thinking from Dani Rodrik today. Econoblogs have been getting better and
more numerous over the past couple of years – Rodrik himself being a prime
example of an excellent newcomer to the sphere – but might this trend
reverse? What if the best economist-bloggers decided that it just wasn’t worth
their while to blog?
If economists with high opportunity costs of time start to get out, shall
we have a lemons problem on our hands? Will eventually the only prolific bloggers
remain the ones that are not worth reading?
Certainly the better the economist, the higher the opportunity cost of blogging.
But the fact is that the best economists do not make the best econobloggers:
the skill-set needed to be a good blogger is very different from the skill-set
needed to be a good economist. Now it turns out that some individuals, like
Rodrik himself, has both. But I can think of more than a few very good economists
who are, shall we say, not great at blogging.
One of the ingredients of a good blog is frequency of posts. There are two
big reasons that Greg Mankiw’s blog is so popular: he’s a famous economist,
and he posts very frequently. (There are lots of other reasons, too: he writes
very clearly, he’s provocative, he’s good at writing short.) If you look at
it’s clear that frequency of posting is just as important as quality of economics.
And while I’m sure that there are prolific econobloggers who are not
worth reading, I think they’re probably in the minority. In my experience, most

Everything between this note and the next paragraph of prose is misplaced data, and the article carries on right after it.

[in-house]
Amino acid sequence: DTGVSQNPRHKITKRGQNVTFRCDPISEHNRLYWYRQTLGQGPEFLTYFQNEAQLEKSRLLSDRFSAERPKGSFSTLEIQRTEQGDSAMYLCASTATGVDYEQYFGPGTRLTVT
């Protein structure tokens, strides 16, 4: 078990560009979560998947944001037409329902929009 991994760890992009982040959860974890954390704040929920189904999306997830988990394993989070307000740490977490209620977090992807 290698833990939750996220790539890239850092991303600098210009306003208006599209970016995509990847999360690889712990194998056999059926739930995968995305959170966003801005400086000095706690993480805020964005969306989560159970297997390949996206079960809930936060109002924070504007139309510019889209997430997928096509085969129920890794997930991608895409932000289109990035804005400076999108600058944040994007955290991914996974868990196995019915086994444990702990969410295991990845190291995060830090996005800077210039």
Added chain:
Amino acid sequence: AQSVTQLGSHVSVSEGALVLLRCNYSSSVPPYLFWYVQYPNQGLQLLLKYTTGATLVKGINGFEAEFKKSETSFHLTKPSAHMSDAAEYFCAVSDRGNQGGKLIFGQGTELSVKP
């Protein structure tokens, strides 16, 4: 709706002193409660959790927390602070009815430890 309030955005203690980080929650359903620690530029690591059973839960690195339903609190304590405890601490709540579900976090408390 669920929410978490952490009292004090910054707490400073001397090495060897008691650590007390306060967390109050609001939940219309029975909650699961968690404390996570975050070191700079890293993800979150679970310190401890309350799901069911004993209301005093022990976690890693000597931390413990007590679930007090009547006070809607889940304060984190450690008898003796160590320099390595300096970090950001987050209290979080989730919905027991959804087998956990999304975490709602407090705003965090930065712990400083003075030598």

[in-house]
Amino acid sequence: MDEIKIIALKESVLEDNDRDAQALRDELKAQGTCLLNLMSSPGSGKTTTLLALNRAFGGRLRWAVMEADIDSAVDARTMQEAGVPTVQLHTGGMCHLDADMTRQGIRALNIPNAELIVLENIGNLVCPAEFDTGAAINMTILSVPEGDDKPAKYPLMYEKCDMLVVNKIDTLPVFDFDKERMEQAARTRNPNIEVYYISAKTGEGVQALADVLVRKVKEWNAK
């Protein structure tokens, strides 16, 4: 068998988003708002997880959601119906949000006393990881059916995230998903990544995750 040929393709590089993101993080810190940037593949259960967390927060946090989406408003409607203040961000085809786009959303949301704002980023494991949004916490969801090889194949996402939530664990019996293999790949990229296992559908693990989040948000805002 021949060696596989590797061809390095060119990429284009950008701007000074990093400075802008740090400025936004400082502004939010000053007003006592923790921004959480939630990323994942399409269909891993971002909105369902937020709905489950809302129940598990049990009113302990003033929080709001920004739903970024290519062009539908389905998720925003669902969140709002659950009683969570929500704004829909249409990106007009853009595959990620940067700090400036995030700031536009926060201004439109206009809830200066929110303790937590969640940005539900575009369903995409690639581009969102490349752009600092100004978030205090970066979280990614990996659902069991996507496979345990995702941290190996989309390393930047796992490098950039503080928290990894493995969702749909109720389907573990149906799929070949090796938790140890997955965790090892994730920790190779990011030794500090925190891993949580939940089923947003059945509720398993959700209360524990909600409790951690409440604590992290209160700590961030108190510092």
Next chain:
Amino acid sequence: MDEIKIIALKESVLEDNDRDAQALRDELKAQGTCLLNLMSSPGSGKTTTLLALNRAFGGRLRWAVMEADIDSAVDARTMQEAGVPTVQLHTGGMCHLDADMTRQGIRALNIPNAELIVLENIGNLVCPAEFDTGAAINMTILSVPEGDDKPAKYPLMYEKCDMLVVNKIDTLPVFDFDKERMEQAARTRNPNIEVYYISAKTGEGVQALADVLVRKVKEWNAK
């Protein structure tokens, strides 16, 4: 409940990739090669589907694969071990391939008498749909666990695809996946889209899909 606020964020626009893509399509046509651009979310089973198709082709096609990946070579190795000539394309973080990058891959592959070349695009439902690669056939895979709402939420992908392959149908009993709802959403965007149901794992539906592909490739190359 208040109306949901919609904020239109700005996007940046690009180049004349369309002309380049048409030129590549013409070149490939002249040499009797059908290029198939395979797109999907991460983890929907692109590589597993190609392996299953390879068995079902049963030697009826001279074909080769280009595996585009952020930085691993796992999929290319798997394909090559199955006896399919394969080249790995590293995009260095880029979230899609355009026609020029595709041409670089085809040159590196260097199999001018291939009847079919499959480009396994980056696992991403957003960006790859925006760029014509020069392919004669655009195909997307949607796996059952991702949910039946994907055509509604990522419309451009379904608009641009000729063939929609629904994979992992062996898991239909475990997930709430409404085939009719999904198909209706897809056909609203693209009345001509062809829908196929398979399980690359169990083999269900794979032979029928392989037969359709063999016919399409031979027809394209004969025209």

prolific econobloggers are worth reading. And while Greg Mankiw is
a more famous economist, and has more readers, than Mark Thoma, the fact is
that Thoma definitely has the better blog. If Thoma were to stop blogging tomorrow,
the loss to the econoblogosphere would be much greater than if Mankiw or Becker-Posner
or Freakonomics went dark.
I have no idea how the econoblogosphere is going to evolve, but if it moves
away from a star-based system to something a bit more meritocratic, that would
not necessarily be much of a loss. One exciting model is Seeking
Alpha, an aggregator along the lines of the Huffington Post which features
high-quality writing from a whole host of people you’ve never heard of. It’s
more finance than economics based, but the model clearly works: Doug McIntyre
says that Seeking Alpha is worth
$36 million, which admittedly is an insanely high valuation.
So although Mankiw is certainly a star of the blogosphere, I won’t start fearing
for the future of the medium if he starts spending less time on his blog and
more on his other
commitments. I do, however, think very little of his decision to unilaterally
erase all of the tends of thousands of comments that had accumulated on his
site up until the point at which he decided to turn comments off. If he wants
to close his blog to further comments, that’s fine. But a lot of people put
a lot of time and effort into those comment streams, which were very valuable
in their own right, and it seems downright vindictive for Mankiw to simply wipe
them all from his blog altogether. My hope is that Mankiw simply made a mistake,
and that in trying to turn off new comments he inadvertently took away the old
ones. Might there be a way of getting them back?